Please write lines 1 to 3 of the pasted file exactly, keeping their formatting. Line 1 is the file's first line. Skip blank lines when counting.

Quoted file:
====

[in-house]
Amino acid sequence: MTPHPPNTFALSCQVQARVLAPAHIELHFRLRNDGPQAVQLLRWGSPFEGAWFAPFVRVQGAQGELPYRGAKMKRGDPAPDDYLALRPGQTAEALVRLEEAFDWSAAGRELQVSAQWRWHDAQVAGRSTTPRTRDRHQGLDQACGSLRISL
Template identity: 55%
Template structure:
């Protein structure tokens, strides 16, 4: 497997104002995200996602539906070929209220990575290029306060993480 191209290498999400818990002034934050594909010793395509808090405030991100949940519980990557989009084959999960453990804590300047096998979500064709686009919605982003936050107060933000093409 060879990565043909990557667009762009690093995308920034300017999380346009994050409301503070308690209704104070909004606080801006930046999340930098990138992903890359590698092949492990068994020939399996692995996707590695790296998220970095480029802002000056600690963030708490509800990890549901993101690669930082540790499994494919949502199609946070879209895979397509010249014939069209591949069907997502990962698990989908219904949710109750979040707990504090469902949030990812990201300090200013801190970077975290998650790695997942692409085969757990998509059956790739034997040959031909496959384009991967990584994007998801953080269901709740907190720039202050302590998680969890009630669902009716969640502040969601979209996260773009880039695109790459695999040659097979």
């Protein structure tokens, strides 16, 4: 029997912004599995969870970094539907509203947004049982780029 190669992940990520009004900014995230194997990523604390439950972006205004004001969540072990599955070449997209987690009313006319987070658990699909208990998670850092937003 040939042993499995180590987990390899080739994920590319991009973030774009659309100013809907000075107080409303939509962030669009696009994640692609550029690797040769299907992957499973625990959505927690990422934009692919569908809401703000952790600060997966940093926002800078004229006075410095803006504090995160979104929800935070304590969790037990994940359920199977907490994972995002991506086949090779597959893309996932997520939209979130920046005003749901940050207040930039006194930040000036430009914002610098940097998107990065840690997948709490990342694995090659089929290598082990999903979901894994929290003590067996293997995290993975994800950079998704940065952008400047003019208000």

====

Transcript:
[in-house]
Amino acid sequence: MTPHPPNTFALSCQVQARVLAPAHIELHFRLRNDGPQAVQLLRWGSPFEGAWFAPFVRVQGAQGELPYRGAKMKRGDPAPDDYLALRPGQTAEALVRLEEAFDWSAAGRELQVSAQWRWHDAQVAGRSTTPRTRDRHQGLDQACGSLRISL
Template identity: 55%